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                  From: Glenn Petersen11/2/2019 9:37:18 AM
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                  Russia just brought in a law to try to disconnect its internet from the rest of the world

                  Published Fri, Nov 1 20193:30 AM EDT
                  Updated Fri, Nov 1 20196:00 AM EDT
                  Elizabeth Schulze @eschulze9
                  • Russia’s “sovereign internet” law went into effect on Friday.
                  • The law tightens Moscow’s control over the country’s internet infrastructure and aims to provide a way for Russia to disconnect its networks from the rest of the world.
                  • Experts doubt whether such a move is technically possible.

                  MOSCOW, RUSSIA - 2019/03/10: Participants in an opposition rally in central Moscow protest against tightening state control over the internet in Russia.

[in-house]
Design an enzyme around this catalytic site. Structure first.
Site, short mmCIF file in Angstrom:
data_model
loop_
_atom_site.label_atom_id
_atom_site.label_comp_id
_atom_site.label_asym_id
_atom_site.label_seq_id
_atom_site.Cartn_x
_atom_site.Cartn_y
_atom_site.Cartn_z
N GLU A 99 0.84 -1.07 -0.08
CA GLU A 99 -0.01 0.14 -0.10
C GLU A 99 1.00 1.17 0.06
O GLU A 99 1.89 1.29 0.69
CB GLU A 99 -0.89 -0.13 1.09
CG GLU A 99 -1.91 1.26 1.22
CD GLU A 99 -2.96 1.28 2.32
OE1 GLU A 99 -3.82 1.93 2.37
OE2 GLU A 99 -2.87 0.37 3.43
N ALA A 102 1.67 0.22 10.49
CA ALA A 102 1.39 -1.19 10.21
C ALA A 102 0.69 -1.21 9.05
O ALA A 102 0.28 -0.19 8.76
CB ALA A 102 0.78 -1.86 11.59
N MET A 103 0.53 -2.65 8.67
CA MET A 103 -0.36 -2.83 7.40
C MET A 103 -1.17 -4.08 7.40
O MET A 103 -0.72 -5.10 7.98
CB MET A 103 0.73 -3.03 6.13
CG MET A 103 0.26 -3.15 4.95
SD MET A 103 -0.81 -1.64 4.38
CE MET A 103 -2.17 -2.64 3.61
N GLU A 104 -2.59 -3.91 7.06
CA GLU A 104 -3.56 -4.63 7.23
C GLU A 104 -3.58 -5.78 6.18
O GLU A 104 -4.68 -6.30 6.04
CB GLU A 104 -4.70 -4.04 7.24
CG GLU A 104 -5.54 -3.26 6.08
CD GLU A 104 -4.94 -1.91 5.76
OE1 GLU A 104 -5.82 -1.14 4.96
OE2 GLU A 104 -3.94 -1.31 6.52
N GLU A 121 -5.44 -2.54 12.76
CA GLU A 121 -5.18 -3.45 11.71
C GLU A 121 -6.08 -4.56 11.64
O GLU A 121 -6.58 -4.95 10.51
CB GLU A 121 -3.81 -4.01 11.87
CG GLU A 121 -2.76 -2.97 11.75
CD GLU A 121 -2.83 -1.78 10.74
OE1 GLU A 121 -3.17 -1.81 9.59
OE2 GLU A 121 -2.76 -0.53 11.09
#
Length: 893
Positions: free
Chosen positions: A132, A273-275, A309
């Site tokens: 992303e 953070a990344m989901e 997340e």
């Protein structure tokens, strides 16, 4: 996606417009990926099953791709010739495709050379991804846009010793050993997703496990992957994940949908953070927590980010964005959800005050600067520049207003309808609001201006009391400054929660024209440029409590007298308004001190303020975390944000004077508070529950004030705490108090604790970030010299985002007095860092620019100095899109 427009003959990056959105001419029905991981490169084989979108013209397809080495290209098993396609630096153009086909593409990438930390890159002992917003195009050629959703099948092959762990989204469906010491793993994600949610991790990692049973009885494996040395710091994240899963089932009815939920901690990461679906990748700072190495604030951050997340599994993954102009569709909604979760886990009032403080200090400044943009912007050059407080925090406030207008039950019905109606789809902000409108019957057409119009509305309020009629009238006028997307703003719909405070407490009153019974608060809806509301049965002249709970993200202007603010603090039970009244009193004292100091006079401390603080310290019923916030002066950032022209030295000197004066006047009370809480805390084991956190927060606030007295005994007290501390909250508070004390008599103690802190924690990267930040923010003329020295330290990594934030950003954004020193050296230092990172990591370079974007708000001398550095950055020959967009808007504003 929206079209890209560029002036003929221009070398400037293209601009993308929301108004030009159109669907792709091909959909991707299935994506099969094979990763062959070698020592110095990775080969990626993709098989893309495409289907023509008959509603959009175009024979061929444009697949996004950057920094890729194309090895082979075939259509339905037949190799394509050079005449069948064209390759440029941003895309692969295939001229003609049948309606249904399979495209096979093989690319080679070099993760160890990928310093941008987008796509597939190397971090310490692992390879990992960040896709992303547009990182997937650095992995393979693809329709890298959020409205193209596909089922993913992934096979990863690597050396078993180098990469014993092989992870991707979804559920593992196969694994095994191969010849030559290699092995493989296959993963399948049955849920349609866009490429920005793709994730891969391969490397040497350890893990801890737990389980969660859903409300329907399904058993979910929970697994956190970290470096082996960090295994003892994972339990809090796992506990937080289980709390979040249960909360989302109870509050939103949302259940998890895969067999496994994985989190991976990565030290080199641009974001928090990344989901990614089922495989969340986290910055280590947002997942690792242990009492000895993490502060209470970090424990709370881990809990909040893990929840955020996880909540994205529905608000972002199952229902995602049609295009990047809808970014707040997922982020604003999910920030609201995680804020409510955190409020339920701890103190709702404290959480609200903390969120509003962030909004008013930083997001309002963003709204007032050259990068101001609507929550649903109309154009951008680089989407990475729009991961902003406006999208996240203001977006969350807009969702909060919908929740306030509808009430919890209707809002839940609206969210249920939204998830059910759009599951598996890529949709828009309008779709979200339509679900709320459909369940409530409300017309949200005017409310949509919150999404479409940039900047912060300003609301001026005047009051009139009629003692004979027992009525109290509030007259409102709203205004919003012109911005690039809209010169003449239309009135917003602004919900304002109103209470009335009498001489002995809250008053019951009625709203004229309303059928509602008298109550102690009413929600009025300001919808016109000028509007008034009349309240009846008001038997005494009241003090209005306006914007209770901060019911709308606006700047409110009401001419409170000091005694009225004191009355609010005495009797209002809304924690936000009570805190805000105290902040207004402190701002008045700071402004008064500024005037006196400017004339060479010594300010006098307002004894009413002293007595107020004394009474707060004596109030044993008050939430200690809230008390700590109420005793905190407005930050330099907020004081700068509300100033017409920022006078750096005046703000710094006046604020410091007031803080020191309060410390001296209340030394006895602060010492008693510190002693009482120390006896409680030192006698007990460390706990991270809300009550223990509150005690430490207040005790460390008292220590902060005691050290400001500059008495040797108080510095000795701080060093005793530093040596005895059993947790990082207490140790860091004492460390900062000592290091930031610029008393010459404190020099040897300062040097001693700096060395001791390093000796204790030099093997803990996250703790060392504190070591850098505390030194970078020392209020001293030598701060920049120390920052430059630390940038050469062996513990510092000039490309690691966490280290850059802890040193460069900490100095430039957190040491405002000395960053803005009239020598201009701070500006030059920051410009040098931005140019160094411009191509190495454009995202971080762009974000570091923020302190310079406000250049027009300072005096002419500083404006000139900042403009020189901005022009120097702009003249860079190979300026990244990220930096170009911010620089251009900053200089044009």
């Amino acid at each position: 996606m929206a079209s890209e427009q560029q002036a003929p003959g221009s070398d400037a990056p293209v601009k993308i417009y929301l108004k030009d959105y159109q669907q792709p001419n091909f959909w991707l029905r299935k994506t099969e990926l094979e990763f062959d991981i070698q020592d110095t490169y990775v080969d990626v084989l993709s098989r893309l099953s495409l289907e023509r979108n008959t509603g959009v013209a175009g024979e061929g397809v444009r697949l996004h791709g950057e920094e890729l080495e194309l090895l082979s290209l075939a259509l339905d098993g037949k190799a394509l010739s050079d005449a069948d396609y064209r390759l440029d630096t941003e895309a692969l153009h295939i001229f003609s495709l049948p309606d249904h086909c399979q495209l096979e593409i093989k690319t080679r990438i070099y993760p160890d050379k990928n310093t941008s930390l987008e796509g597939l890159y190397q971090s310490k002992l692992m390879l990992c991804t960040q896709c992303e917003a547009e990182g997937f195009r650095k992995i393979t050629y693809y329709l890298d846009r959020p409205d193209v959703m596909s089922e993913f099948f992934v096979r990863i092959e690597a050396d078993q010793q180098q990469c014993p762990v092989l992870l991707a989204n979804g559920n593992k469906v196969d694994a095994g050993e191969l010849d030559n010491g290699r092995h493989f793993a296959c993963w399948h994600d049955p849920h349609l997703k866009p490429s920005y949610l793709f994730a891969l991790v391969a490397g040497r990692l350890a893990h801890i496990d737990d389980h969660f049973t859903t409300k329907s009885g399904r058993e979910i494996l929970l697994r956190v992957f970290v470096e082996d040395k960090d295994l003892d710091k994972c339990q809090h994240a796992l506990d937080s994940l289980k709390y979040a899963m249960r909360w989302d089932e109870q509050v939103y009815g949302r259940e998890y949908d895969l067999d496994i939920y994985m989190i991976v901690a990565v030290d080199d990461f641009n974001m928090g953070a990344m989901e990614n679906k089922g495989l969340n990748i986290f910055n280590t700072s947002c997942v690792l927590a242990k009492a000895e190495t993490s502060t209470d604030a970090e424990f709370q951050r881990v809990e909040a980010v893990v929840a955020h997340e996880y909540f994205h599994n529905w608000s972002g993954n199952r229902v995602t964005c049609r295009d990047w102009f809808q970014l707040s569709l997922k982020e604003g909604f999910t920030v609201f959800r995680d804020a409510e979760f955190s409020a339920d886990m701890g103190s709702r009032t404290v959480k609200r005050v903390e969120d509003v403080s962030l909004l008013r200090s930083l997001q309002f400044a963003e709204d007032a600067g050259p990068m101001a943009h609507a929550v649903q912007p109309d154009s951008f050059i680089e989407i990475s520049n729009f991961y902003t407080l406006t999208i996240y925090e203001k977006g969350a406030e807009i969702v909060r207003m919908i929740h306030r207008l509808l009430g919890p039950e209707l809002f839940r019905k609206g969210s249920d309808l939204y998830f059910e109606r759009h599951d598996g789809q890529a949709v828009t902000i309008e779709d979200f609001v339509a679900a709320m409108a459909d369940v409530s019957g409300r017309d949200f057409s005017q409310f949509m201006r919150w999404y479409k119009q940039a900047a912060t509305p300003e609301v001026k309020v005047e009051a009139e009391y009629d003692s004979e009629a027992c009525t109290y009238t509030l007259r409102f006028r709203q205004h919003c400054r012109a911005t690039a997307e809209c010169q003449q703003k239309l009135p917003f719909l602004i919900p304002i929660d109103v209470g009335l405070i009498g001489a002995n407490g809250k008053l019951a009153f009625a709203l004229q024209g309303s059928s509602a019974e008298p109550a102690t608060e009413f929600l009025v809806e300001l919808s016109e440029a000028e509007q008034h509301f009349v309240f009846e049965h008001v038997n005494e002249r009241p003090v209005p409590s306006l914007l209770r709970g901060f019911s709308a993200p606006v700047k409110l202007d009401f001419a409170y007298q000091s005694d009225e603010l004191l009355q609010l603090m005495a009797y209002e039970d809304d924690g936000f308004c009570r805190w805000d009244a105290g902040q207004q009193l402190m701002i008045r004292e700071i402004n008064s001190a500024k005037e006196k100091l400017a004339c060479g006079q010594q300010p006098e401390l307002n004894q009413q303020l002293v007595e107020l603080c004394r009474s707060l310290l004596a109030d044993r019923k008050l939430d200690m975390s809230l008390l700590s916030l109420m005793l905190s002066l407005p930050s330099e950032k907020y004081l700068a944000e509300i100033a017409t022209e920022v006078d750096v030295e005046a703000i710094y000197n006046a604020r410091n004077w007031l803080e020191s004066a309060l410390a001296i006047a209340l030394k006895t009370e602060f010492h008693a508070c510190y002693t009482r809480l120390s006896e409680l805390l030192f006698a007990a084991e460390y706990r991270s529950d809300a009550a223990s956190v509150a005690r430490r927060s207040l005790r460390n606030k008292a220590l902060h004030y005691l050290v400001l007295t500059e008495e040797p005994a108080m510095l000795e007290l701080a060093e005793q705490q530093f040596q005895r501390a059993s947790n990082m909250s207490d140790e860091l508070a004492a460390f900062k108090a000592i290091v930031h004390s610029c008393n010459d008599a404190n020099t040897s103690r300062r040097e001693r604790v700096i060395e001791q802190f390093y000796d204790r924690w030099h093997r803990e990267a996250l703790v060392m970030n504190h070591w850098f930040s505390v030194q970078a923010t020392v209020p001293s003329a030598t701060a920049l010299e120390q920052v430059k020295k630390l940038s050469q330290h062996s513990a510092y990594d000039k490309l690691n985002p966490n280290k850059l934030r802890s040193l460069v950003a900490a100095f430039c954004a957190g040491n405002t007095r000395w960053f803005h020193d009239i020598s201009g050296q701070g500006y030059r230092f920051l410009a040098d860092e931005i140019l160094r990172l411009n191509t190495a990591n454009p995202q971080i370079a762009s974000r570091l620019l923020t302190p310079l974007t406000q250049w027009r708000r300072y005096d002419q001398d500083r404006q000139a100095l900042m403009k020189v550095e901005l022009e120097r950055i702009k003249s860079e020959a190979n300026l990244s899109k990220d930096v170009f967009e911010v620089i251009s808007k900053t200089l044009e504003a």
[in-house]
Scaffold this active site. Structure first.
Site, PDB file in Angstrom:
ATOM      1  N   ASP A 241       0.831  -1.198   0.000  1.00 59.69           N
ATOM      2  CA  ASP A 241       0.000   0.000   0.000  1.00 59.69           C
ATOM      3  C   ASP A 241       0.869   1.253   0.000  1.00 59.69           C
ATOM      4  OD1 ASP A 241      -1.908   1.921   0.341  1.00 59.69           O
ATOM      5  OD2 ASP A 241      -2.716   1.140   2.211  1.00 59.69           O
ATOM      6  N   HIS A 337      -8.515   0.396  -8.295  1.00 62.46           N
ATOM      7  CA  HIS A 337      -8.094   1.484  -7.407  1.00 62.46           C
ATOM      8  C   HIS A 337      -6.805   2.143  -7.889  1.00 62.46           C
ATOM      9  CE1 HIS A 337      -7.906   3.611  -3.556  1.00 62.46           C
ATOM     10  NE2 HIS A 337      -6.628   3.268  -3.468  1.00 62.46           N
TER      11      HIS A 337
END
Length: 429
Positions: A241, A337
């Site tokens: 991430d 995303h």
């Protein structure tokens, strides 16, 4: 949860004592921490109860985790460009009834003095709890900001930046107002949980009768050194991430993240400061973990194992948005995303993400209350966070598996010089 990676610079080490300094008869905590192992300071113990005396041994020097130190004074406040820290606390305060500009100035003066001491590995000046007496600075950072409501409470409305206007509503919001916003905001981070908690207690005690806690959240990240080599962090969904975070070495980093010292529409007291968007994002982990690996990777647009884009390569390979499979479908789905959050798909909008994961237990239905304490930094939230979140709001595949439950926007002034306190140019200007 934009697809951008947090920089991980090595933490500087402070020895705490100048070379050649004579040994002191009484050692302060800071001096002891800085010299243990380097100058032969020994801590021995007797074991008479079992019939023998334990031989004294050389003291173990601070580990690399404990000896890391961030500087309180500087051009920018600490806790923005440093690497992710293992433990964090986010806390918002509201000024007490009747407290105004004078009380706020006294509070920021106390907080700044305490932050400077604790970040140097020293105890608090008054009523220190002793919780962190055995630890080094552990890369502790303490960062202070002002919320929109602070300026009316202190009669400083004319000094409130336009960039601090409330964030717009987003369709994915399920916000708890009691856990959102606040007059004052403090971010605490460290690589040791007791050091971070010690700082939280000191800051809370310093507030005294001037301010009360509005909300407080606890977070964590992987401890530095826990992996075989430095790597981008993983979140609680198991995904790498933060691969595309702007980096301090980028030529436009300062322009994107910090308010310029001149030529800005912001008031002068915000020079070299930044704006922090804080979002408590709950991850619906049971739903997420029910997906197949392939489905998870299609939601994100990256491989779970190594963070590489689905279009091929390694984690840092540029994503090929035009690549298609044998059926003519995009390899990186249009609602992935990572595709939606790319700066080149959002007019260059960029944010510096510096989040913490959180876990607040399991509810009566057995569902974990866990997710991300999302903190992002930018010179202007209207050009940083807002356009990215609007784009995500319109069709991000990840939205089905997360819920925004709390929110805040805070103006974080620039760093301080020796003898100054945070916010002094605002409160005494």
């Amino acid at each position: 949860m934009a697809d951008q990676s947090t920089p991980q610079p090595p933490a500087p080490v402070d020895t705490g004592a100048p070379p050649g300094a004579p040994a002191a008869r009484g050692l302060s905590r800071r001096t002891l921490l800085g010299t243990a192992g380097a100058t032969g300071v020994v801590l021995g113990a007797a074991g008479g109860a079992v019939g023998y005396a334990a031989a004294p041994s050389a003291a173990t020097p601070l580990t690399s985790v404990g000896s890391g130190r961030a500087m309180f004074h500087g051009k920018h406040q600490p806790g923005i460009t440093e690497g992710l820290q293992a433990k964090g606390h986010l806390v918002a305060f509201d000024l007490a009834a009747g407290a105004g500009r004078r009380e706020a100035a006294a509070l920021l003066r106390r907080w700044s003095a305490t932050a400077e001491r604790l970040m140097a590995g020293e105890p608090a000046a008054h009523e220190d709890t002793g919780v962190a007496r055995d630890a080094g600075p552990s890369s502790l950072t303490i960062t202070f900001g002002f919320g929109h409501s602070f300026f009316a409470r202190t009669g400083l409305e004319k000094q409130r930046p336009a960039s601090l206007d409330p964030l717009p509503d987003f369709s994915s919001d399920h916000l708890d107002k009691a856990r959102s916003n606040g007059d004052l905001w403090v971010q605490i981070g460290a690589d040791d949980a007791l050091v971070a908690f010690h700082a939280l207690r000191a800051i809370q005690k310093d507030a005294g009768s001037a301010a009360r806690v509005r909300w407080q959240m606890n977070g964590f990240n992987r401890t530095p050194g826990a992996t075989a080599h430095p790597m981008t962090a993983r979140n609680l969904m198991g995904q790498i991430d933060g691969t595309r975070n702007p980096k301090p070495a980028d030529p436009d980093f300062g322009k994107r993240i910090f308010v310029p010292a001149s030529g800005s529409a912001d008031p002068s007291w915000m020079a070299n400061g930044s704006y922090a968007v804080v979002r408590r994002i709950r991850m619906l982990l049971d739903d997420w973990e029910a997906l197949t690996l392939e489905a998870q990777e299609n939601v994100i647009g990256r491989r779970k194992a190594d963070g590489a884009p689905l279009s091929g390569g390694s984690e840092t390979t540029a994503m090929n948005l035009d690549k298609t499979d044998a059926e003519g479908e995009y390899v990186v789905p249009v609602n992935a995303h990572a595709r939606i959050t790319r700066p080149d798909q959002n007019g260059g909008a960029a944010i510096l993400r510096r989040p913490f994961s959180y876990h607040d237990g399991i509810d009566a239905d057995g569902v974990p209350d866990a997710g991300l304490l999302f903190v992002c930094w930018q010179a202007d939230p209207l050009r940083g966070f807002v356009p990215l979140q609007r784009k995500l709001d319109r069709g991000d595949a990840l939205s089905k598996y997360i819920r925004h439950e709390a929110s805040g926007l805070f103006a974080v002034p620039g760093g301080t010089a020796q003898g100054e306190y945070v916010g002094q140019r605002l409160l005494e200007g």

SOPA Images | LightRocket | Getty Images

                  It’s been called an online Iron Curtain.

                  On Friday, a controversial law went into force that enables Russia to try to disconnect its internet from the rest of the world, worrying critics who fear the measure will promote online censorship.

                  The Kremlin says its “sovereign internet” law, which was signed by President Vladimir Putin in May, is a security measure to protect Russia in the event of an emergency or foreign threat like a cyberattack. The law will allow Moscow to tighten control over the country’s internet by routing web traffic through state-controlled infrastructure and creating a national system of domain names.